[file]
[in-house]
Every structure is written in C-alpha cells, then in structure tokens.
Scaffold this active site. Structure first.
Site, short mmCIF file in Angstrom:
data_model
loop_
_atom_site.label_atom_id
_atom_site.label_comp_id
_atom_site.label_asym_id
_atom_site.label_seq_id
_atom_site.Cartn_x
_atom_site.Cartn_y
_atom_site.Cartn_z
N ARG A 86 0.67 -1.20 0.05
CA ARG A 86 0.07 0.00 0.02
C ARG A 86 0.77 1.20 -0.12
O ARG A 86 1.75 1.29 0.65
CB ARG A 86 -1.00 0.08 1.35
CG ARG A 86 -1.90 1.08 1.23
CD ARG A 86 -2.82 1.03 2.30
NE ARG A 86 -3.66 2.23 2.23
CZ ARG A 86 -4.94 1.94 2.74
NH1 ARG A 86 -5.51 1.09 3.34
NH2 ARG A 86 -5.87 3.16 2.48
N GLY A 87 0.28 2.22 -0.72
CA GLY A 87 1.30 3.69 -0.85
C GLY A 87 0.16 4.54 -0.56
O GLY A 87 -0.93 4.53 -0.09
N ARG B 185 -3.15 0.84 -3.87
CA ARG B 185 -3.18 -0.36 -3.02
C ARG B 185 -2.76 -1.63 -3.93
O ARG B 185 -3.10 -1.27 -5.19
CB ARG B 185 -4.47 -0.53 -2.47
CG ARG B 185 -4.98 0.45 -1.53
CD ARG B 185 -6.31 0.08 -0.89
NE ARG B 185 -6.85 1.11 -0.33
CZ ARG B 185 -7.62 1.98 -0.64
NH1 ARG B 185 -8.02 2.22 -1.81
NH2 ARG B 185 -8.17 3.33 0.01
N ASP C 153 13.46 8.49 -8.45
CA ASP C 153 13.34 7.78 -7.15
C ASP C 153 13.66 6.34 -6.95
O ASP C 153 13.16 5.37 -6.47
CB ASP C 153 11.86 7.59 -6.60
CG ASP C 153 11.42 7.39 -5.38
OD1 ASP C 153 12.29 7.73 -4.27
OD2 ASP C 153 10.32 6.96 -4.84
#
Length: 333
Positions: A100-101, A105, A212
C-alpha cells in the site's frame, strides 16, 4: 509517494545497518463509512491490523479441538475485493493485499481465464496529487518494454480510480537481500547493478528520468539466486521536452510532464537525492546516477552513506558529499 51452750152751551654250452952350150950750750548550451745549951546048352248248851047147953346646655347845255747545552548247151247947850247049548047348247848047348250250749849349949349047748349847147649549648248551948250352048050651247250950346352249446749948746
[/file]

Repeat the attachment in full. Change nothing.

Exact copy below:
[in-house]
Every structure is written in C-alpha cells, then in structure tokens.
Scaffold this active site. Structure first.
Site, short mmCIF file in Angstrom:
data_model
loop_
_atom_site.label_atom_id
_atom_site.label_comp_id
_atom_site.label_asym_id
_atom_site.label_seq_id
_atom_site.Cartn_x
_atom_site.Cartn_y
_atom_site.Cartn_z
N ARG A 86 0.67 -1.20 0.05
CA ARG A 86 0.07 0.00 0.02
C ARG A 86 0.77 1.20 -0.12
O ARG A 86 1.75 1.29 0.65
CB ARG A 86 -1.00 0.08 1.35
CG ARG A 86 -1.90 1.08 1.23
CD ARG A 86 -2.82 1.03 2.30
NE ARG A 86 -3.66 2.23 2.23
CZ ARG A 86 -4.94 1.94 2.74
NH1 ARG A 86 -5.51 1.09 3.34
NH2 ARG A 86 -5.87 3.16 2.48
N GLY A 87 0.28 2.22 -0.72
CA GLY A 87 1.30 3.69 -0.85
C GLY A 87 0.16 4.54 -0.56
O GLY A 87 -0.93 4.53 -0.09
N ARG B 185 -3.15 0.84 -3.87
CA ARG B 185 -3.18 -0.36 -3.02
C ARG B 185 -2.76 -1.63 -3.93
O ARG B 185 -3.10 -1.27 -5.19
CB ARG B 185 -4.47 -0.53 -2.47
CG ARG B 185 -4.98 0.45 -1.53
CD ARG B 185 -6.31 0.08 -0.89
NE ARG B 185 -6.85 1.11 -0.33
CZ ARG B 185 -7.62 1.98 -0.64
NH1 ARG B 185 -8.02 2.22 -1.81
NH2 ARG B 185 -8.17 3.33 0.01
N ASP C 153 13.46 8.49 -8.45
CA ASP C 153 13.34 7.78 -7.15
C ASP C 153 13.66 6.34 -6.95
O ASP C 153 13.16 5.37 -6.47
CB ASP C 153 11.86 7.59 -6.60
CG ASP C 153 11.42 7.39 -5.38
OD1 ASP C 153 12.29 7.73 -4.27
OD2 ASP C 153 10.32 6.96 -4.84
#
Length: 333
Positions: A100-101, A105, A212
C-alpha cells in the site's frame, strides 16, 4: 509517494545497518463509512491490523479441538475485493493485499481465464496529487518494454480510480537481500547493478528520468539466486521536452510532464537525492546516477552513506558529499 51452750152751551654250452952350150950750750548550451745549951546048352248248851047147953346646655347845255747545552548247151247947850247049548047348247848047348250250749849349949349047748349847147649549648248551948250352048050651247250950346352249446749948746